This great article from The Washington Post addresses something I see on college campuses all the time. Many students, especially freshmen, feel lonely, homesick, isolated, but also think there is something wrong with them for having these feelings.
Most college students have moved out on their own for the first time in their lives. Many are far away from their families and all of their close friends. There is a natural, initial rush of excitement when the school year starts. Classes are new. Orientation activities keep everyone engaged and busy. But a few weeks into the first semester, homesickness and isolation can set in. Students can become so preoccupied with putting forward a brave face, that they struggle to admit their loneliness to others, or even themselves.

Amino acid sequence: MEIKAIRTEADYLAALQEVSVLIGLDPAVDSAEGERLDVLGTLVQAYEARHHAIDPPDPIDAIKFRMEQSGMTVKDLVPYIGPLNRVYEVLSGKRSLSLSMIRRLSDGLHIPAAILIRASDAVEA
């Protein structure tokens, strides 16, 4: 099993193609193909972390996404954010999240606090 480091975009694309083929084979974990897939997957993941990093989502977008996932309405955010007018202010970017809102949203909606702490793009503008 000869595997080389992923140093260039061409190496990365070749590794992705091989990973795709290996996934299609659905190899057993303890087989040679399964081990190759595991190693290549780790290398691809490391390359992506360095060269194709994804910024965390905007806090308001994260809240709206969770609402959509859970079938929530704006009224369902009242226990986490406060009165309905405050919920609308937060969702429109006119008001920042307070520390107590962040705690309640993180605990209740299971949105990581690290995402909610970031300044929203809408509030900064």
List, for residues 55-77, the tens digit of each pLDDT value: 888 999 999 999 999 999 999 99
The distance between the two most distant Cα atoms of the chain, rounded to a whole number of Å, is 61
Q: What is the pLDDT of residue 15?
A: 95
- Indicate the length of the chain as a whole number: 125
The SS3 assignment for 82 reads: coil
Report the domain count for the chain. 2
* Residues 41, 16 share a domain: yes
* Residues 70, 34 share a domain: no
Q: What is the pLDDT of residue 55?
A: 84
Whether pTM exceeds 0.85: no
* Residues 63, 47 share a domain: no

It takes time to build strong friendships. And it takes time to feel truly comfortable in a new environment. College freshmen are not necessarily going to immediately adapt to their new campus life. Admitting a sense of isolation is not a sign of weakness; it is the first step toward finding strategies to connect with others. Most universities offer counseling services for students who need them. And all schools have social outlets that can help students reach out to their peers.
This piece has some great tips for both students and parents on how to address this struggle. I hope people continue to talk and write about this issue to further combat the stigma associated with it.